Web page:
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We have in inventory: white oak, tulip poplar, chestnut oak, pecan, elm, and white ash from Mount Vernon, Virginia, and white oak from Fort Belvoir, Virginia. These woods are perfect for flooring, feature walls, furniture, and wood art.
MOUNT VERNON, VA
MOUNT VERNON WHITE OAK, 240 year old trees – Of this grouping, the best of breed is Mount Vernon’s 240 year old white oak. When these trees were saplings, George Washington was in his late forties, and more than casually engaged in the fight for America’s freedom. This Mount Vernon white oak is very special. Probably best used for furniture. But flooring made out of this wood will knock your socks off . . . Here are some sawmill photos of the cutting of the Mount Vernon White Oak:
MOUNT VERNON TULIP POPLAR, 70 year old trees – were planted to replace the poplar planted in late 18th Century and early 19th Century. Current use has been for bowls. However, we expect to see this wood’s application to start appearing on feature walls. Oh by the way, application will not be clear finish but painted.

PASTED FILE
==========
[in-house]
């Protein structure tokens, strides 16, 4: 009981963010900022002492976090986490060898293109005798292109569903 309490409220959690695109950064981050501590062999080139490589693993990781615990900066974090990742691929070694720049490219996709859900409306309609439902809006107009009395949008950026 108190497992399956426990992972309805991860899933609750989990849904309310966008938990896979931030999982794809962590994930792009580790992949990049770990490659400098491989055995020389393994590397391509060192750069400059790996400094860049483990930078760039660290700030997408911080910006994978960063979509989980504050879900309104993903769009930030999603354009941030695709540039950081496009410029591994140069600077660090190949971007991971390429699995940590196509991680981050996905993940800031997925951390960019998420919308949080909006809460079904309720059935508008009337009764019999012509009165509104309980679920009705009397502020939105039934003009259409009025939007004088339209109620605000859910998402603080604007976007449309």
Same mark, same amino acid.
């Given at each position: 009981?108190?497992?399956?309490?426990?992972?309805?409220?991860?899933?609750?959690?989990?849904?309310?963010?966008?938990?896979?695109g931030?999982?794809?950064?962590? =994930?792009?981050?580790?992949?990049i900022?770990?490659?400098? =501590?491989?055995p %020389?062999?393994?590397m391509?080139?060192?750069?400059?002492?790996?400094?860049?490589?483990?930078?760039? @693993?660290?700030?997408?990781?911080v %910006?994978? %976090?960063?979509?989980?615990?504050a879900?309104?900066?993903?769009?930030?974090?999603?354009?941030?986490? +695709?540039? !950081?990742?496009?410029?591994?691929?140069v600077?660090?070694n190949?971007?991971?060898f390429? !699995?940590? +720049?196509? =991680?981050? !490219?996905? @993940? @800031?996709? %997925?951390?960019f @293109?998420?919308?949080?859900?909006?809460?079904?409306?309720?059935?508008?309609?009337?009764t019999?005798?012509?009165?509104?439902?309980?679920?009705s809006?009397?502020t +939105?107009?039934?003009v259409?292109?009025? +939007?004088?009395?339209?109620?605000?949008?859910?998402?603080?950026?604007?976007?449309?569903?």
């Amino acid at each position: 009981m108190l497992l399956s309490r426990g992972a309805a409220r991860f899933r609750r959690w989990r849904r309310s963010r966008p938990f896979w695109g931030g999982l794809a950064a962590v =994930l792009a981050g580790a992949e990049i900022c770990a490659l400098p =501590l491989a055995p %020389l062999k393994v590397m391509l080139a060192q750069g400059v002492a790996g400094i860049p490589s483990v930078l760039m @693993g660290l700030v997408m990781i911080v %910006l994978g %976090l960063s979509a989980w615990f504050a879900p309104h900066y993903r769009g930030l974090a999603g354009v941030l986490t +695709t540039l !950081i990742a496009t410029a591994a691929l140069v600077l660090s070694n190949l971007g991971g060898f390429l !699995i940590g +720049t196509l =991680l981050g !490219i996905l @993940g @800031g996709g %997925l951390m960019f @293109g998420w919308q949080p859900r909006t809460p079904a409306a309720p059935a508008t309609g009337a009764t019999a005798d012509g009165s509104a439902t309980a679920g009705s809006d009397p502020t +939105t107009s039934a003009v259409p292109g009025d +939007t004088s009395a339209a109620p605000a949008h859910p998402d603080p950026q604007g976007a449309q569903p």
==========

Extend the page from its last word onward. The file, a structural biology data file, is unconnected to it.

MOUNT VERNON WHITE ASH, 125 year old trees – These were saplings during the Spanish American War.
MOUNT VERNON CHESTNUT OAK, 245 year old tree – 250 board feet of chestnut oak from Mount Vernon was salvaged when it fell in 2014. Refer to the book The General in the Garden by Fred W. Smith, Pg. 106/108 for a photograph and paintings of this tree.
What we are short of is CURLY MAPLE. We have used most of these woods for rolling pins, conference tables, credenzas, and decorative furniture. We are out there looking for more now. The hunt will be challenging for old curly maple trees still standing.
FORT BELVOIR, VA
WHITE OAK TREES OF FORT BELVOIR: White Oak is sourced mainly from the National Museum of the U.S. Army site located at Fort Belvoir, Virginia. Fort Belvoir was developed on the historic site of the Belvoir Plantation (once owned by Lord Fairfax in the 18th Century and frequented by George Washington). The white oak trees were planted closely to one another in the 1930s by the Civilian Conservation Corps. These trees grew vertically towards the skies in search of sunlight. Therefore, creating tree structures with very few limbs. The resulting wood has beautiful uniform grain and no knots, perfect for oak flooring.
Visit us at 1121 King Street Alexandria Va to see this white oak installed as flooring, feature walls, and bulkheads in our store. You will be impressed!